In place of demanding changes, what you do want to offer is support. If you have followed the steps for effective communication, you have likely received some insight into your friend’s struggle with alcohol. It may be the case that your friend is lonely, lacking in plans for the future, or suffering from previously undisclosed mental health issues. Rather than presenting ideas for recovery as you see them, you can be the best kind of friend by adapting your offers of support according to what your friend actually needs. Offer to get your friend out of the house to participate in some new activities, suggest some educational resources, or provide some phone numbers for local counselors. Finding inspiration to replace the addictive behaviors and perspectives with more adaptive ones is a big part of recovery, and you can play a role in fostering that inspiration.

Don’t Take Pushback Personally

If you know anything about the human nature of the stages of change, you know that we only change when we are ready to change. Until that point, we are likely to defend our current state as being acceptable, no matter what rational arguments are presented to the contrary. A person who is in the middle of addiction is unlikely to be receptive to the input from a concerned friend, regardless of the level of trust, love, and respect for each other. Be prepared for the chance that your friend won’t appreciate your attempts to get him or her back on track, and may even react to your suggestion that things are out of control with some hostility.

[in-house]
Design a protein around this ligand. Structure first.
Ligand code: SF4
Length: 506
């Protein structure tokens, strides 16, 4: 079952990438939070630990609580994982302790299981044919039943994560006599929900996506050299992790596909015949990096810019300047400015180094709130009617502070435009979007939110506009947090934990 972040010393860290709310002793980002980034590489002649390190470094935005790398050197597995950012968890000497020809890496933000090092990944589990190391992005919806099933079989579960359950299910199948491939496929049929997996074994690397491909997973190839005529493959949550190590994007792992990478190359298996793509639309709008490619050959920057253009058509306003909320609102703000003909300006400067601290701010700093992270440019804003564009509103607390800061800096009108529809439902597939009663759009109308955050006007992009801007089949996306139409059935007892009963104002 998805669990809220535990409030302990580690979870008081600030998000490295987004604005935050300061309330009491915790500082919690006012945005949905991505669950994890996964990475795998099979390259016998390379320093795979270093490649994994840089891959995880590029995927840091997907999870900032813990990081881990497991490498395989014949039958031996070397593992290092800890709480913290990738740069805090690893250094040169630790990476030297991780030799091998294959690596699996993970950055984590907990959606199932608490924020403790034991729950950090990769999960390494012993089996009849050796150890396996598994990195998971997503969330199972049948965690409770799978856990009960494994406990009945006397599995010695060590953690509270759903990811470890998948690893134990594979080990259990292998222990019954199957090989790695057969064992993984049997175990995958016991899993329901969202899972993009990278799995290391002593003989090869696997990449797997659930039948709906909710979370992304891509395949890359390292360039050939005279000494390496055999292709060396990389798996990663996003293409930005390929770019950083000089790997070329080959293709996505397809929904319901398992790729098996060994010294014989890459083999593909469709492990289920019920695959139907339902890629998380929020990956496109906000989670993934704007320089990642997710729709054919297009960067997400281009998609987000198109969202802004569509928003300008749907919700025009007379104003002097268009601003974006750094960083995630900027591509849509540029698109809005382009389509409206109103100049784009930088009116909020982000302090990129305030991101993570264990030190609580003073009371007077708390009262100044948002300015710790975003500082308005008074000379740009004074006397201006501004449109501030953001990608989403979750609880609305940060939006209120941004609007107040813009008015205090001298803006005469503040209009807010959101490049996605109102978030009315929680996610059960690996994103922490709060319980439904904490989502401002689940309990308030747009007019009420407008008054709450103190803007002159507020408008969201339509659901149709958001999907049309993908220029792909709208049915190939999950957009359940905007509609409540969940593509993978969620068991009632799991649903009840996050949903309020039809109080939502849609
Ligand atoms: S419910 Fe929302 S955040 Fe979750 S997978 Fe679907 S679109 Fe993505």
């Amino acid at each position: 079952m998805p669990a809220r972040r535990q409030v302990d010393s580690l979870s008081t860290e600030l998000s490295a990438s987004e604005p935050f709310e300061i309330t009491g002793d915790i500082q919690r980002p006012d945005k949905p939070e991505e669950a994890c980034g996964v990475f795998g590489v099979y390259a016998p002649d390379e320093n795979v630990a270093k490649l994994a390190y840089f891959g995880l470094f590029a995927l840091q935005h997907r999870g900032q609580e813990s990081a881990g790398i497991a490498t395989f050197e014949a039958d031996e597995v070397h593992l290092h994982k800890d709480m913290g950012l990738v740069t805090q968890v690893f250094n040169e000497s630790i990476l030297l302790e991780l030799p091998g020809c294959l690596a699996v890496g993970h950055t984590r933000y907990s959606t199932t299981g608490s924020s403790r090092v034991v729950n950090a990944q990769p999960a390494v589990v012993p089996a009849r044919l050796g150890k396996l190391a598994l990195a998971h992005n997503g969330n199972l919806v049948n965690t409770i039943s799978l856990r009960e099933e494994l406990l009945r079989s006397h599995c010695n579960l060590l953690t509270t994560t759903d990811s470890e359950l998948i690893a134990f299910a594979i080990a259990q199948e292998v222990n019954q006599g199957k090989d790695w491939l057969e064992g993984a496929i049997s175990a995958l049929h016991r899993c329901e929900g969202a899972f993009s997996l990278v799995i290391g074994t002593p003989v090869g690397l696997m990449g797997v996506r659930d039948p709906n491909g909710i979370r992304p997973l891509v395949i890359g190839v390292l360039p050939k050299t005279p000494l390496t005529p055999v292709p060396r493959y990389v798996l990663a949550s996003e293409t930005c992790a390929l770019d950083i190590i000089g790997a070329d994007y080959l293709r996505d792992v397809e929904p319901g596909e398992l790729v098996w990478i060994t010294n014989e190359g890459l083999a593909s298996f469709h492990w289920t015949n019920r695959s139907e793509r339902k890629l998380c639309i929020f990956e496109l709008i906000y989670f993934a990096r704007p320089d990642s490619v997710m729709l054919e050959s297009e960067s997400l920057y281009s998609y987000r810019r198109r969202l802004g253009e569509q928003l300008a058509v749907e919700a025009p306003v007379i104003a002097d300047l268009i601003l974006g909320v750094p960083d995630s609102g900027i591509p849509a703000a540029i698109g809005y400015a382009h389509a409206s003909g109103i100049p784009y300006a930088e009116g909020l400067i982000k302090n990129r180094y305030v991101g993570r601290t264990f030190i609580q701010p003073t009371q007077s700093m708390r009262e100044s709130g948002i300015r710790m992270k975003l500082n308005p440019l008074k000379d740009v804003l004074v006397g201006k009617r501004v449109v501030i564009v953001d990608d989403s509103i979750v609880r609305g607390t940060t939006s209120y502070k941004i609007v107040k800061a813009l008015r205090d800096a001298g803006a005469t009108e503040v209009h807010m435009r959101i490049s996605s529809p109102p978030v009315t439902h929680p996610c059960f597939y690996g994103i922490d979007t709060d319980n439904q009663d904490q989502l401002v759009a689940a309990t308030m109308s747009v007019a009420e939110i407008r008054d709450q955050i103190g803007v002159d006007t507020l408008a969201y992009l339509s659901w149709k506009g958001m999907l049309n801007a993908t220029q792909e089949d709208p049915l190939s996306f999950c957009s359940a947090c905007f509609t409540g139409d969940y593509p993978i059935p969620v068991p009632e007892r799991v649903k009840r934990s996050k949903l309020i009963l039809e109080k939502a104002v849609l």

Professional Help

Now that you know how to help an alcoholic friend, you may want to consider introducing your friend to a professional.

Alcohol addiction often requires help from a professional. This ensures your friend is in the care of professionals dedicated to understanding how addiction affects the body and mind.

A professional will offer programs and therapy designed to assist the person recover from addiction in a safe environment, free from outside influence and temptation.

If you need help, please contact a professional for assistance today.